In Sudan, clashes in Jebel Marra between security forces and armed groups have again led to new displacements of people in recent months. Despite some improvements in overall security in Darfur, displaced people continue to be subjected to attacks, including killings and rapes, when they venture outside their camps.Many such attacks are attributable to Government security forces and related militias, which still operate with impunity in Darfur.
In South Sudan, the agreement signed by the warring parties last month has again raised hopes for a peaceful and sustainable solution to the conflict. We urge the parties to acknowledge their part of responsibility for the violations suffered by so many across the country, by helping to establish and operationalize thelong-awaitedHybrid Court – notably, by signing its statute. We are deeply concerned by the general amnesty announced by President Kiir in Khartoum, which may result in protecting from justice a large number of perpetrators of serioushuman rightsviolations and abuses from both the government forces and armed groups. We remind the authorities that amnesties may not shield from prosecution individuals who may be criminally responsible for war crimes, genocide, crimes against humanity or gross violations of human rights, including gender-specific violations.The Commission on Human Rights in South Sudan will hold an interactive dialogue with the Council later on the session. We join the Commission in deploring the fact that peace efforts have largely ignored accountability as a lever for change.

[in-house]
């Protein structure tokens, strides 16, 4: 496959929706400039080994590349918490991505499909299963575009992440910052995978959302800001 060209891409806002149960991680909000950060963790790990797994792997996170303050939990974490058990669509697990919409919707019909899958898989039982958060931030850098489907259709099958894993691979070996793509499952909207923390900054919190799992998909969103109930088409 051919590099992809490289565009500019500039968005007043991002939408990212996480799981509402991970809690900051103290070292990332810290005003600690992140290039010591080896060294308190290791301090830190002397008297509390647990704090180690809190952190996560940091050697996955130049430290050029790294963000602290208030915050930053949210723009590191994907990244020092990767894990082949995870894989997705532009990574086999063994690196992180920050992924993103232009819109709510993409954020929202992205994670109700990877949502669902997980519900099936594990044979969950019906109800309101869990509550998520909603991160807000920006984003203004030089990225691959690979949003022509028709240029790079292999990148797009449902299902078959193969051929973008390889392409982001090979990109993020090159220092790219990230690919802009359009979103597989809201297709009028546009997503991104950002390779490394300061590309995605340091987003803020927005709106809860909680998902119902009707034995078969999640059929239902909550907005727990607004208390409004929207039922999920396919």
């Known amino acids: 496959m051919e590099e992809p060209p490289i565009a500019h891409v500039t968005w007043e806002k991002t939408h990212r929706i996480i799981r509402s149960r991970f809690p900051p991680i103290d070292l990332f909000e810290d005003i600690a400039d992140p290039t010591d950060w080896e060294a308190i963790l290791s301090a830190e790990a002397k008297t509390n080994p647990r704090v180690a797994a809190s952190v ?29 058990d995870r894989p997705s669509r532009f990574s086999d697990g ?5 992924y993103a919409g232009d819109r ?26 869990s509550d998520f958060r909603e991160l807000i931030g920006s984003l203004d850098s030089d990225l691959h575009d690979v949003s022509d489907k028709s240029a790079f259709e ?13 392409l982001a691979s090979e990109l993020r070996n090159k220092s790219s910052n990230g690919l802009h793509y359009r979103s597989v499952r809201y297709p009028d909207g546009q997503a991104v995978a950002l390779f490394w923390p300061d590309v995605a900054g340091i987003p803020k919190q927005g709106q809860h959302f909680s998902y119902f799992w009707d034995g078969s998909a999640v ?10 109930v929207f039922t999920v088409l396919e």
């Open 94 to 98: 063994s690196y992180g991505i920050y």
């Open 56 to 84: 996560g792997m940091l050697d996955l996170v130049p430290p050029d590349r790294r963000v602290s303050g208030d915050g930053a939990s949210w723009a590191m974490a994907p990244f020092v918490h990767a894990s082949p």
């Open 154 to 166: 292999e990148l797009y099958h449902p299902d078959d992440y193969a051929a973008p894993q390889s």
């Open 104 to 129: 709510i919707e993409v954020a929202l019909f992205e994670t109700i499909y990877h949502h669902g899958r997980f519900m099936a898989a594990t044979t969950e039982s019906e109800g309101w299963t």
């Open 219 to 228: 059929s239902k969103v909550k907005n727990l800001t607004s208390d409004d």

In Somalia, continued attacks against civilians by both State and non-State actors are deeply concerning. In July, UNSOM documented 51 civilians killed and 82 injured, and noted that civilian casualties attributed to Al-Shabaab had increased 309 per cent since June, and those attributable to state actors had risen by 125 per cent. The Office is also extremely concerned by the very limited democratic space in Somalia. An UNSOM report this month on violations of freedom of expression notes that between 1 August 2016 and 31 July 2018, at least eight journalists and media workers were killed and 32 injured; 94 individuals were arbitrarily arrested and/or subjected to prolonged detention on charges related to their exercise of freedom of expression; and 19 media organs were forced to close, some temporarily. A report published by UNSOM and the Office in August details numerous human rights violations and abuses committed during the 2016 and 2017 electoral process, including 44 cases of killings of community leaders and electoral delegates.